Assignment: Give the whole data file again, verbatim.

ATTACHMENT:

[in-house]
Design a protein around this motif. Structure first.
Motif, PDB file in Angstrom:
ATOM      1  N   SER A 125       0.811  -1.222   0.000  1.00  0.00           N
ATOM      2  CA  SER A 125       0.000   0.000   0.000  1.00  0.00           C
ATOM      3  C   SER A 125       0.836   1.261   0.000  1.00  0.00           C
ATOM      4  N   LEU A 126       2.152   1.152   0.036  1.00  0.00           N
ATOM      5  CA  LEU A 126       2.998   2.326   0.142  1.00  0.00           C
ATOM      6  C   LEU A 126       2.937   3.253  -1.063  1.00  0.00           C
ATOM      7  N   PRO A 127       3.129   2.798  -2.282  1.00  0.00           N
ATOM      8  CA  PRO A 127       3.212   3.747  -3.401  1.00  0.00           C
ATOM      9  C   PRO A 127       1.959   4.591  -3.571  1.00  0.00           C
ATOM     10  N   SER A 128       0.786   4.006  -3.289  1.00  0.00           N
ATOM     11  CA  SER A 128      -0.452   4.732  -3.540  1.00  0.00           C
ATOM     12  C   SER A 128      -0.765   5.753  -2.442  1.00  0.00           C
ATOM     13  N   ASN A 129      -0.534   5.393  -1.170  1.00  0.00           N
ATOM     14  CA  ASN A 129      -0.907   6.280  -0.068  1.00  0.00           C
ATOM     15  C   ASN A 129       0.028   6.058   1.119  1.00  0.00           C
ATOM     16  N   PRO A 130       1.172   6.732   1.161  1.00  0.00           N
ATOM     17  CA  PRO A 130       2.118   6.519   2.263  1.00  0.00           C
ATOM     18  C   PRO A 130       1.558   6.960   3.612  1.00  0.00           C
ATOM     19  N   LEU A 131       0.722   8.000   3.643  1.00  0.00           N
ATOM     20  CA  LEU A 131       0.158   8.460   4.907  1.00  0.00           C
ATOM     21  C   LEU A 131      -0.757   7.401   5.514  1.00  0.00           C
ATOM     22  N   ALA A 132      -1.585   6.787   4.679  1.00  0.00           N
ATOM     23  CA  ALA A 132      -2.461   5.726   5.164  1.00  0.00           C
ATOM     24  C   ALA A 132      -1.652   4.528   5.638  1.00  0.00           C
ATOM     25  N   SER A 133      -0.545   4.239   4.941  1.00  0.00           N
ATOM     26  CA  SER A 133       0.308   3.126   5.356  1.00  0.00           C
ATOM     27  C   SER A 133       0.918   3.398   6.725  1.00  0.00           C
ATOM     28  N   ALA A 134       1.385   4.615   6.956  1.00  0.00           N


[in-house]
Design a protein around this motif. Structure first.
Motif, PDB file in Angstrom:
ATOM      1  N   SER A 125       0.811  -1.222   0.000  1.00  0.00           N
ATOM      2  CA  SER A 125       0.000   0.000   0.000  1.00  0.00           C
ATOM      3  C   SER A 125       0.836   1.261   0.000  1.00  0.00           C
ATOM      4  N   LEU A 126       2.152   1.152   0.036  1.00  0.00           N
ATOM      5  CA  LEU A 126       2.998   2.326   0.142  1.00  0.00           C
ATOM      6  C   LEU A 126       2.937   3.253  -1.063  1.00  0.00           C
ATOM      7  N   PRO A 127       3.129   2.798  -2.282  1.00  0.00           N
ATOM      8  CA  PRO A 127       3.212   3.747  -3.401  1.00  0.00           C
ATOM      9  C   PRO A 127       1.959   4.591  -3.571  1.00  0.00           C
ATOM     10  N   SER A 128       0.786   4.006  -3.289  1.00  0.00           N
ATOM     11  CA  SER A 128      -0.452   4.732  -3.540  1.00  0.00           C
ATOM     12  C   SER A 128      -0.765   5.753  -2.442  1.00  0.00           C
ATOM     13  N   ASN A 129      -0.534   5.393  -1.170  1.00  0.00           N
ATOM     14  CA  ASN A 129      -0.907   6.280  -0.068  1.00  0.00           C
ATOM     15  C   ASN A 129       0.028   6.058   1.119  1.00  0.00           C
ATOM     16  N   PRO A 130       1.172   6.732   1.161  1.00  0.00           N
ATOM     17  CA  PRO A 130       2.118   6.519   2.263  1.00  0.00           C
ATOM     18  C   PRO A 130       1.558   6.960   3.612  1.00  0.00           C
ATOM     19  N   LEU A 131       0.722   8.000   3.643  1.00  0.00           N
ATOM     20  CA  LEU A 131       0.158   8.460   4.907  1.00  0.00           C
ATOM     21  C   LEU A 131      -0.757   7.401   5.514  1.00  0.00           C
ATOM     22  N   ALA A 132      -1.585   6.787   4.679  1.00  0.00           N
ATOM     23  CA  ALA A 132      -2.461   5.726   5.164  1.00  0.00           C
ATOM     24  C   ALA A 132      -1.652   4.528   5.638  1.00  0.00           C
ATOM     25  N   SER A 133      -0.545   4.239   4.941  1.00  0.00           N
ATOM     26  CA  SER A 133       0.308   3.126   5.356  1.00  0.00           C
ATOM     27  C   SER A 133       0.918   3.398   6.725  1.00  0.00           C
ATOM     28  N   ALA A 134       1.385   4.615   6.956  1.00  0.00           N